Knowledge Center: Publication
The virtue of challenging conventional wisdomSubscribe to Organizational Effectiveness 4/10/2018 Brian Klapper
All organizations have their own lore. That’s often a good quality—for example, when an experienced employee passes along a company’s best practices to a new staffer. Sometimes, however, organizations carry on doing things only because that’s the way they’ve always been done. No one can quite remember why, and no one bothers to ask.
Making changes in an organization may be as straightforward as posing the obvious question: Why are we doing that? It’s a question that doesn’t get asked enough. The following case study, adapted from a real-world example, shows how a frontline team inspired a big change in a company’s operations by questioning the conventional wisdom.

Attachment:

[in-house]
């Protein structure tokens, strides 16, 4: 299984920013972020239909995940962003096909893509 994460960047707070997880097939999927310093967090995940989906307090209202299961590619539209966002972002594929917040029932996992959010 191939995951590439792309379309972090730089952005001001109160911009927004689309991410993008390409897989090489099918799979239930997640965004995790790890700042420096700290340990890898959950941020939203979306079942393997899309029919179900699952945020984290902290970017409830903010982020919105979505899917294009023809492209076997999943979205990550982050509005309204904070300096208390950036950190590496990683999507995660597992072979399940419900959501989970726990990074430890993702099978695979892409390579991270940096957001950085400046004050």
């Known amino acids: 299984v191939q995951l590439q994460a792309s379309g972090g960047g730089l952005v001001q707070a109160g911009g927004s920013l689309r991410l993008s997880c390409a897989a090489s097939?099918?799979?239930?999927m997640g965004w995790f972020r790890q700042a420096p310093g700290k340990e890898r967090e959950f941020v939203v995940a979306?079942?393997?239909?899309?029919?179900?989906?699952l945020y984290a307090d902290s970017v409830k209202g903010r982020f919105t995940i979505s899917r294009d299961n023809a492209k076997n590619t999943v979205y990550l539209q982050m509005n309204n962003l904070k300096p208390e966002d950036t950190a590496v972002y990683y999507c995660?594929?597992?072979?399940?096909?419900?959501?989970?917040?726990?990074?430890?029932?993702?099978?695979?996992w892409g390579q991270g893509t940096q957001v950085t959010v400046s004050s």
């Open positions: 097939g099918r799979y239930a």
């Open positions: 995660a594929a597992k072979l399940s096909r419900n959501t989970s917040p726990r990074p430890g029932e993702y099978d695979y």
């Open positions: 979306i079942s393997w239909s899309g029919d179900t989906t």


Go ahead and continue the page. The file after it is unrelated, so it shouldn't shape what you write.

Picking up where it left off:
The CEO of a Fortune 500 insurance company worried that his company was not well positioned to compete with nontraditional, Silicon Valley–style attackers. This highly regarded firm was financially conservative, an approach that had served it well for decades. As befitting such a company, it moved slowly.
The CEO decided, however, that speed was critical to success in the future. He asked, “How do we become faster across all our lines of business?” This meant, for example, making quicker decisions and speeding up product launches. To enable these changes, he sought to build a culture of distributed leadership, where decisions were pushed down to those closest to the customer. And he wanted the company to take more risks. “Historically, we have taken three shots and scored three times,” he said. “We want to be thought of more as an organization that takes ten shots and scores seven times.”